British Insects: the Odonata

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L. Watson and M. J. Dallwitz

Aeshna juncea (Linnaeus, 1758)

Common Hawker Dragonfly.

Adults. Adults about 68–74–78 mm long (the males somewhat the longer). Average wingspan 95 mm; hindwings 40–47 mm long.

The eyes dorsally broadly contiguous; brown and green, or brown and blue.

Legs black, or black and yellow (with some yellow on the underside of the forelegs). Thoracic antehumeral stripes present (these narrow, in the male), or absent (in the female); (in the male) yellow. The wings spread more or less horizontally in repose; dissimilar in shape and venation; sessile; unpatterned and clear. The inner wing venation blackish. Discoidal cell divided longitudinally into a conspicuous triangle and supra-triangle. Antenodal veins in the forewings about 20–22 (fewer in the hindwings); incorporating two conspicuously stronger primaries, and those in the costal and subcostal spaces unaligned. Pterostigma well over twice but no more than five times as long as wide; dark brown (in the male), or reddish brown (in the female).

Abdomen linear from a conspicuously swollen base (briefly somewhat constricted adjoining the swelling in the male); 50–54 mm long (female), or 53–58 mm long (male); predominantly dark brown (with yellow and blue or yellow and green markings); complexly patterned (spotted and interruptedly banded with yellow and blue in the male and yellow and green in the female); without a yellow triangle on segment 2; with mid-dorsal spots. Abdominal segments 9 and 10 unbanded, but each with a pair of rounded posterior spots. The male abdomen auriculate on segment 2; with a single inferior anal appendage.

Nymphs. The nymphs stout, the body expanded in the middle; when mature, 40–51 mm long.

The eyes large; approaching one another closely at a point on the top of the head; convex dorsally, their posterior margins not aligned. The head in dorsal view not markedly narrowing from immediately behind the eyes. The postocular lobes curving sharply to the back of the head from some distance behind the eyes. The antennae 7 segmented. The mask narrowed gradually to the hinge (its length much less than twice the front width). The prementum relatively short, being much less than twice as long as its front width. The mask with a flat prementum; with a short slit-like median cleft. The prementum bearing 0 major setae. The body of the labial palps bearing 0 major setae. Distal margins of the labial palps entire. Legs shorter than the abdomen; fore- and middle tarsi 3-segmented.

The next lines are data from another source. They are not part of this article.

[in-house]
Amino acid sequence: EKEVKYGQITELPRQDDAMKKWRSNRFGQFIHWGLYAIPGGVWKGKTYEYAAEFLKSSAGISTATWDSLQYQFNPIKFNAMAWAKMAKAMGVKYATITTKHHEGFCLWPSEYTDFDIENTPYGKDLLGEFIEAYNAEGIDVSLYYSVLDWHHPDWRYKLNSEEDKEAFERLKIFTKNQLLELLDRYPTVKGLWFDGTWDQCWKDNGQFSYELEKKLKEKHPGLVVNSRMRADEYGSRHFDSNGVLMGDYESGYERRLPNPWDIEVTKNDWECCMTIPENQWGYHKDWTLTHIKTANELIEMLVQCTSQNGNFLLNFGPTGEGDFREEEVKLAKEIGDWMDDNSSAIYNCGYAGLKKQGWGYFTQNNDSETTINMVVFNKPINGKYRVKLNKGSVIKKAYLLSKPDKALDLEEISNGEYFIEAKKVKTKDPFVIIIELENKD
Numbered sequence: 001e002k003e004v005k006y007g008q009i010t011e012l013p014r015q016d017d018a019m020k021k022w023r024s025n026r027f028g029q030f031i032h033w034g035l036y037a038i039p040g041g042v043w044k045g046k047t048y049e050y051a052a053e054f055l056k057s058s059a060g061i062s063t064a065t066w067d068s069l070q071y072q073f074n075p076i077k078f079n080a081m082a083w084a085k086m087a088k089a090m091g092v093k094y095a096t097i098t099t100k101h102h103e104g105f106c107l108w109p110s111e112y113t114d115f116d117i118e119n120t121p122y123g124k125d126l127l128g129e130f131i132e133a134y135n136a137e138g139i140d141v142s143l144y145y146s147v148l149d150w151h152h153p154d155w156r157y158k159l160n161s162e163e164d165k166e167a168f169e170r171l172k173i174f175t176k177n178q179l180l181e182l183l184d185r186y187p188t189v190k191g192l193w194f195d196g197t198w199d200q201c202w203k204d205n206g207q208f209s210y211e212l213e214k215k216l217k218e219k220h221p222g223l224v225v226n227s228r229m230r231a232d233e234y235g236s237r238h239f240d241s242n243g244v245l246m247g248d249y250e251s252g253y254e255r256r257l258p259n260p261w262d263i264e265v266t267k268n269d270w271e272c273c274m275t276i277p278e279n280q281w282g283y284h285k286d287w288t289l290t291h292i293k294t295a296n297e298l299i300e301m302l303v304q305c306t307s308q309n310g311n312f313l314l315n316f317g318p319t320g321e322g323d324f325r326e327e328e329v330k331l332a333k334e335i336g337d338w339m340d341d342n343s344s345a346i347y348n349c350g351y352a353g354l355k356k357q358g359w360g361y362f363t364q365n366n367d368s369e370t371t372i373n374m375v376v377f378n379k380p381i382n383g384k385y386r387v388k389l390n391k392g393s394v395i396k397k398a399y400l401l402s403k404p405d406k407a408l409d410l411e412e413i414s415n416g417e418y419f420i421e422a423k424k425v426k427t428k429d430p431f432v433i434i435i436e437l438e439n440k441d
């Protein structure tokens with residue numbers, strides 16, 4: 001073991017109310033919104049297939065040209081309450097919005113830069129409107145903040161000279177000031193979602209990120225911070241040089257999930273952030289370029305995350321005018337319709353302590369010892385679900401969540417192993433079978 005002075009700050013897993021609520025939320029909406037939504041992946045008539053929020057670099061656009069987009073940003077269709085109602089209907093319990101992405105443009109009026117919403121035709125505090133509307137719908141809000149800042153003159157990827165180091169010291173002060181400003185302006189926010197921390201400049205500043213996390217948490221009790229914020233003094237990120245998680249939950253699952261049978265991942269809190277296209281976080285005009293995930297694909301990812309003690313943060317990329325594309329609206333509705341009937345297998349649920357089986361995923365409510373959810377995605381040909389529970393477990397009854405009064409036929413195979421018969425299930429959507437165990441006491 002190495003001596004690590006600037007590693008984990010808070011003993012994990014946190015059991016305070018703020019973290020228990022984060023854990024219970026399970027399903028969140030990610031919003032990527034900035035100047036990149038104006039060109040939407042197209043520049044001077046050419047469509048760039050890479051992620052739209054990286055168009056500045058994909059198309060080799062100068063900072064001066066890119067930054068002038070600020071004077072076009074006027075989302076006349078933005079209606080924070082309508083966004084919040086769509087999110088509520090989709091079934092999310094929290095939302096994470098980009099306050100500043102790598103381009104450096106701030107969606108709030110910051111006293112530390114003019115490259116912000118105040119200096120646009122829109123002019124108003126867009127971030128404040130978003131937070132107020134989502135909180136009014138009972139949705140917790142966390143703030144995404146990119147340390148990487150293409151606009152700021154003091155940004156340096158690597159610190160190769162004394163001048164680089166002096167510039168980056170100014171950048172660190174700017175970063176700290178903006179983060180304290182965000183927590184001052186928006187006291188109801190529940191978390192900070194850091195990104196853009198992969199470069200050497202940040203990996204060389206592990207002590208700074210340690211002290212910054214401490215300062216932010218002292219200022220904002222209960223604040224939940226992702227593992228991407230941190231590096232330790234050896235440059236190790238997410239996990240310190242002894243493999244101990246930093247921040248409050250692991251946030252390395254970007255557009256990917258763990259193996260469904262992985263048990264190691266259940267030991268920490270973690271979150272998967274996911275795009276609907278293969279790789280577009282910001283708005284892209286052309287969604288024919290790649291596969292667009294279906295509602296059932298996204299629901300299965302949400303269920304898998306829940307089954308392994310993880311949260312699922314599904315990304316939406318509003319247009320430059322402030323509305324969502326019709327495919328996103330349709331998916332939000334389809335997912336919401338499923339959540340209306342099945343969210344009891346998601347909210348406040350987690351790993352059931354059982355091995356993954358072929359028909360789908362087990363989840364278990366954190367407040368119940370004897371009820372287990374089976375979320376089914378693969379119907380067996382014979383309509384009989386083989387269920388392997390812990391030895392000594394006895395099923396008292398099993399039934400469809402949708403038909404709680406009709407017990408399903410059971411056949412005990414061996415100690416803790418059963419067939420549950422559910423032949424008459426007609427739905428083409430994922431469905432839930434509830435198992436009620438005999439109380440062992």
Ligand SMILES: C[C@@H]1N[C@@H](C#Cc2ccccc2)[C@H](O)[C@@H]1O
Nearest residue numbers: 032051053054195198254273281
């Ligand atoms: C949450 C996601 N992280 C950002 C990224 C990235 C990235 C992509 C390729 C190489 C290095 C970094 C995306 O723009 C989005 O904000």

The abdomen terminating in five short spine-like appendages; gizzard with 4–8 folds.

Distribution. Northern Scotland, southern Scotland, northern England, English Midlands, East Anglia, Wales, southeast England, southwest England, and central southern England (scarce in southeastern and eastern England). Adults on the wing early June to early October (generally in best mature condition mid-June to mid-September).

Classification. Anisoptera; family Aeshnidae.

Illustrations. • Aeshna juncea (from Lucas).


To view the illustrations with detailed captions, go to the interactive key. This also offers full and partial descriptions, diagnostic descriptions, differences and similarities between taxa, lists of taxa exhibiting or lacking specified attributes, and distributions of character states within any set of taxa.

Cite this publication as: ‘Watson, L., and Dallwitz, M.J. 2003 onwards. British insects: Dragonglies and Damselflies (Odonata). Version: 1st January 2012. http://delta-intkey.com’.

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